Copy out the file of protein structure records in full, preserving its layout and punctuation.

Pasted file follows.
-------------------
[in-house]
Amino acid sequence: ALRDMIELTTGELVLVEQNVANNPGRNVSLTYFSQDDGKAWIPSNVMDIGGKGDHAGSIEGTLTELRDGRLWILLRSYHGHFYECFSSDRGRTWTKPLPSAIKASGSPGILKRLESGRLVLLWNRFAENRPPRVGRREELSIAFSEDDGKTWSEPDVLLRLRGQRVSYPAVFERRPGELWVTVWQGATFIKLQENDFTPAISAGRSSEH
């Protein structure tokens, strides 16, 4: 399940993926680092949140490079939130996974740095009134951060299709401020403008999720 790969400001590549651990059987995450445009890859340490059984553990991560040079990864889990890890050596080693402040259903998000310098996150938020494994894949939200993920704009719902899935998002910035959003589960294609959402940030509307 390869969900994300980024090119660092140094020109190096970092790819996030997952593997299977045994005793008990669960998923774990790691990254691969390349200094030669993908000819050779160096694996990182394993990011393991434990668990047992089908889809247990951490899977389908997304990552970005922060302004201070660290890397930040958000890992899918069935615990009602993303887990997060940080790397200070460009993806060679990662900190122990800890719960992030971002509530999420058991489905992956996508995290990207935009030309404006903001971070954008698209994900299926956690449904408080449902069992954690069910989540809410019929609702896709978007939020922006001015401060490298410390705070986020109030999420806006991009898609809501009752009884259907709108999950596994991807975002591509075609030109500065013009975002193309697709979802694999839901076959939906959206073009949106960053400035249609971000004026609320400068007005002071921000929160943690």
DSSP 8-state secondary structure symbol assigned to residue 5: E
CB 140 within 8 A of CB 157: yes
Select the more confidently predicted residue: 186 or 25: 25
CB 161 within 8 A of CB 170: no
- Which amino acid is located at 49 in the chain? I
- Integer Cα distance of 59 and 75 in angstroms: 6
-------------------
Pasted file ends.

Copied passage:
[in-house]
Amino acid sequence: ALRDMIELTTGELVLVEQNVANNPGRNVSLTYFSQDDGKAWIPSNVMDIGGKGDHAGSIEGTLTELRDGRLWILLRSYHGHFYECFSSDRGRTWTKPLPSAIKASGSPGILKRLESGRLVLLWNRFAENRPPRVGRREELSIAFSEDDGKTWSEPDVLLRLRGQRVSYPAVFERRPGELWVTVWQGATFIKLQENDFTPAISAGRSSEH
């Protein structure tokens, strides 16, 4: 399940993926680092949140490079939130996974740095009134951060299709401020403008999720 790969400001590549651990059987995450445009890859340490059984553990991560040079990864889990890890050596080693402040259903998000310098996150938020494994894949939200993920704009719902899935998002910035959003589960294609959402940030509307 390869969900994300980024090119660092140094020109190096970092790819996030997952593997299977045994005793008990669960998923774990790691990254691969390349200094030669993908000819050779160096694996990182394993990011393991434990668990047992089908889809247990951490899977389908997304990552970005922060302004201070660290890397930040958000890992899918069935615990009602993303887990997060940080790397200070460009993806060679990662900190122990800890719960992030971002509530999420058991489905992956996508995290990207935009030309404006903001971070954008698209994900299926956690449904408080449902069992954690069910989540809410019929609702896709978007939020922006001015401060490298410390705070986020109030999420806006991009898609809501009752009884259907709108999950596994991807975002591509075609030109500065013009975002193309697709979802694999839901076959939906959206073009949106960053400035249609971000004026609320400068007005002071921000929160943690």
DSSP 8-state secondary structure symbol assigned to residue 5: E
CB 140 within 8 A of CB 157: yes
Select the more confidently predicted residue: 186 or 25: 25
CB 161 within 8 A of CB 170: no
- Which amino acid is located at 49 in the chain? I
- Integer Cα distance of 59 and 75 in angstroms: 6